But here's the thing: Malini is still with him. Even though she's a ghost, someone he hasn't seen in 32 years, he can recall her with the most intimate of details, telling Paul how she looked as she smoked or recalling their relationship and its final moments. The suggestion that the two were intimate makes me think that we're perhaps in for a revelation that Malini was pregnant when she threw herself from the bridge, but that, similarly, might be a little too overdramatic for this show. Suffice it to say that Malini's presence has given the Sunil episodes an emotional weight that can make them almost overwhelming at times. Like Walter last season, this is a man who's standing at the edge of a deep well of grief, grief he's never properly dealt with.
It's the dream that takes up much of the first half of this episode that gives me pause. Sunil finds an animal with a dark coat lying on the ground, and he begins to poke and prod at it with a stick. He describes the animal as a "her" (something Paul points out that I never would have caught), and at one point, his son approaches. Does the animal represent Julia? Arun? Malini? Sunil's wife? All four? The episode never states a conclusion one way or the other, but the fact that Sunil had the dream after finding Julia's birth control pills and the fact that he seems ever more upset about his son and his wife's relationship suggests more and more to me that the feelings of anger and resentment he bears toward Julia are unhealthy and could manifest in hurtful ways. I'm intrigued by how In Treatment is taking the story of a sweet old man in such potentially dark directions, and I can't wait to see how things turn out.
Frances: The thing I'm increasingly learning about Frances is that you have to watch for the times when she deflects Paul's questions. She's a trained actress, so she can pretend to engage in just about anything, but she'll be successfully leading you down one rabbit trail before you even realize she has mostly avoided the core of Paul's questions. Paul's caught on to this more quickly than most viewers have, I would imagine, and tonight, he keeps her relentlessly on track, finally getting her to speak more about her mother's death and how she wasn't present to watch her mother finally slip away, how she just couldn't be there in the hospital and barely knew what to do with herself when she was there. All of this is beautifully written and acted, and it's the first time I've started to really get interested in just what's up with Frances. As Paul finally pushes her to realize that she needs to define herself for herself, not for the others in her life, the story of what's going on here finally snaps into place.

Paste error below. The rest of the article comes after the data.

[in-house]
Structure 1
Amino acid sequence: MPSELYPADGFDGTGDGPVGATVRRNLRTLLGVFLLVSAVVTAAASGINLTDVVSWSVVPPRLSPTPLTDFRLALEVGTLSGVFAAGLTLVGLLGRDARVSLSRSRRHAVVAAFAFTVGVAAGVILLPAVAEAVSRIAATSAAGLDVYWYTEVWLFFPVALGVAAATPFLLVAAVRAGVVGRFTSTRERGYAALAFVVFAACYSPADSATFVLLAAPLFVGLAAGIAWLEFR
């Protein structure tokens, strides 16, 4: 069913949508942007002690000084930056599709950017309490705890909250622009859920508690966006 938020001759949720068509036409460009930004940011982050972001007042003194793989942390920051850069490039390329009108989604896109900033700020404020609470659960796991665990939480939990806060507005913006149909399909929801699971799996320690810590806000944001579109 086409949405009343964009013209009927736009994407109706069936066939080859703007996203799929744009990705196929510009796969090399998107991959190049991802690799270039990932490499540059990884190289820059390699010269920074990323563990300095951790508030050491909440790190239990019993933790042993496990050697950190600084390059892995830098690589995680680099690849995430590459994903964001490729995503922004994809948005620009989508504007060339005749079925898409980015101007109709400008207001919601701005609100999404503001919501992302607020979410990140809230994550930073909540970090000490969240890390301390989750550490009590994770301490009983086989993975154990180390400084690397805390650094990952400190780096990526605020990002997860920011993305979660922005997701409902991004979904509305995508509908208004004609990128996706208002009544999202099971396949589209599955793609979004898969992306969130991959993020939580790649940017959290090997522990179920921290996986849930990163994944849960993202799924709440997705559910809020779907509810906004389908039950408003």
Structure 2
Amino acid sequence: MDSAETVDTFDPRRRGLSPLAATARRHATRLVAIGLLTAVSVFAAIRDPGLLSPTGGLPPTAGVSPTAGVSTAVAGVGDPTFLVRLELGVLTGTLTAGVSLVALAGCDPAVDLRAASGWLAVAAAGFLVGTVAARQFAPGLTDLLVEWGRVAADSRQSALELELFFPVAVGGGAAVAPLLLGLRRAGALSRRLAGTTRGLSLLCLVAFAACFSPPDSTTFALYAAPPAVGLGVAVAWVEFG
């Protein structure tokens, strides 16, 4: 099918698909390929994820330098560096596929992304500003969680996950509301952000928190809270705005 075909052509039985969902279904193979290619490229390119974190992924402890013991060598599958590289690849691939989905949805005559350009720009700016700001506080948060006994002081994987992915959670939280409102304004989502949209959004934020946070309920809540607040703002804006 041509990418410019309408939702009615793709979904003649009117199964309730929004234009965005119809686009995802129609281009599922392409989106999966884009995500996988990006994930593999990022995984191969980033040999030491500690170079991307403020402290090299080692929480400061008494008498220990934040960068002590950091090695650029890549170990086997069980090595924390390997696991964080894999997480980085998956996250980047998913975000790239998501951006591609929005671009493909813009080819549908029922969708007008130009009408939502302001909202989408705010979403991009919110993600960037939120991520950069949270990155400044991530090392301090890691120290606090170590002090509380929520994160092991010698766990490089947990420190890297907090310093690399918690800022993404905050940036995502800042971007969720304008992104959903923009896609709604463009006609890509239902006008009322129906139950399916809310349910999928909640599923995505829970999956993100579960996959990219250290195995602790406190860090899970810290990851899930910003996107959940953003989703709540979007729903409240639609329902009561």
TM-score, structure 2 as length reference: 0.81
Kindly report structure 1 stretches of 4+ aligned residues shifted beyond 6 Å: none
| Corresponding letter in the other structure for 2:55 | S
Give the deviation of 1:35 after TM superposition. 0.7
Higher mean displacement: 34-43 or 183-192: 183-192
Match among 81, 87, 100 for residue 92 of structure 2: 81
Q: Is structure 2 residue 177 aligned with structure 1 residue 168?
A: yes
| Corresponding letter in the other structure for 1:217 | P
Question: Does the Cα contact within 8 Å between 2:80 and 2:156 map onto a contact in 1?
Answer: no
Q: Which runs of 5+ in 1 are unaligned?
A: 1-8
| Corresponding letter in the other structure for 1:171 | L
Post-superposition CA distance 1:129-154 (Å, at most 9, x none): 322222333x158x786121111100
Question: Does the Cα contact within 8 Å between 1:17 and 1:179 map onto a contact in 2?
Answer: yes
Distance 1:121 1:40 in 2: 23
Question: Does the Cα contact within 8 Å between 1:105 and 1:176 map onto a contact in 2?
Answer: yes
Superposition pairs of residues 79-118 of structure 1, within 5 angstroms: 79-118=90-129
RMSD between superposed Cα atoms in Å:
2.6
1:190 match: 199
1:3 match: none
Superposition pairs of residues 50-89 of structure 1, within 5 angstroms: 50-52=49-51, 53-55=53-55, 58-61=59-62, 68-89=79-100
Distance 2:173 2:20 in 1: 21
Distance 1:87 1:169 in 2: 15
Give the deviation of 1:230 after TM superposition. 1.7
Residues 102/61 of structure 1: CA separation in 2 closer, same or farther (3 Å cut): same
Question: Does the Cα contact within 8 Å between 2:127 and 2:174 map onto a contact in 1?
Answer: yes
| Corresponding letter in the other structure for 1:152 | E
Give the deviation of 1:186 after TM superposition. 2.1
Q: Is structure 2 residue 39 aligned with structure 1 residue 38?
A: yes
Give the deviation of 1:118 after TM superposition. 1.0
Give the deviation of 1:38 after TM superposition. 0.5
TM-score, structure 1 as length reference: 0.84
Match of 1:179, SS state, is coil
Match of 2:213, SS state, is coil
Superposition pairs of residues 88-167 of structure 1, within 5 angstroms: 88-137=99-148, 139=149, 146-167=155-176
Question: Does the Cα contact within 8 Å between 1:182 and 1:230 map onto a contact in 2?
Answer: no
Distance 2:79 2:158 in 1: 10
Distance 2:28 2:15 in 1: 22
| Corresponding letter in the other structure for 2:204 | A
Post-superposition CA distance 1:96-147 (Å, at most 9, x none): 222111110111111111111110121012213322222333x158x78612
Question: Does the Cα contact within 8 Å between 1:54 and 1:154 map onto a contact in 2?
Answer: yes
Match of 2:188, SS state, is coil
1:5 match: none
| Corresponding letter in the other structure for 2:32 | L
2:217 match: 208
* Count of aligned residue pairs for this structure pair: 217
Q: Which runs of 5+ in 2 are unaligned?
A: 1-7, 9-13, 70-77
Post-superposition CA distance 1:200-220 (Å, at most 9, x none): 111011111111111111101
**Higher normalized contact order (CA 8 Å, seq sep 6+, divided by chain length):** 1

Honestly, getting past what other people think of you and moving on to only caring about what you think is one of the harder things to do in life. Most people never really bother doing it, living lives where they mostly just do what others ask of them and hope that will be enough. Despite all of her successes, despite all of the choices that she's made in her own life, Frances is someone who finds herself as hard to pin down as one of her roles. Scratch that. She's harder to pin down than one of her roles. At least when she's acting, the words are there on the page. Paul might be on to something when he suggests that she's having trouble learning her lines because this new character is so close to who she actually is. Examining this character might be too uncomfortably close to self-examination, and that's not exactly Frances' strong suit.
This isn't a perfect half hour. For one thing, that final beat with Frances returning to mention that she got the results from the test feels like a weirdly jarring way to end the hour (even as I'd buy that Frances would do this as yet another deflection from what Paul was asking her to do). For another, while I like the picture that's being painted of Frances' complex family life, I keep waiting to get a sense of Patricia as something other than the anti-Frances, the woman who's everything Frances could never be, who so easily dismisses what it is that Frances does. Still, I have a feeling that once all of these things snap into place, once Paul finally gets Frances to talk honestly about her feelings and what she wants from life, much of the groundwork done in the early episodes will pay off. It's taken a long while, but the Frances episodes finally have me interested.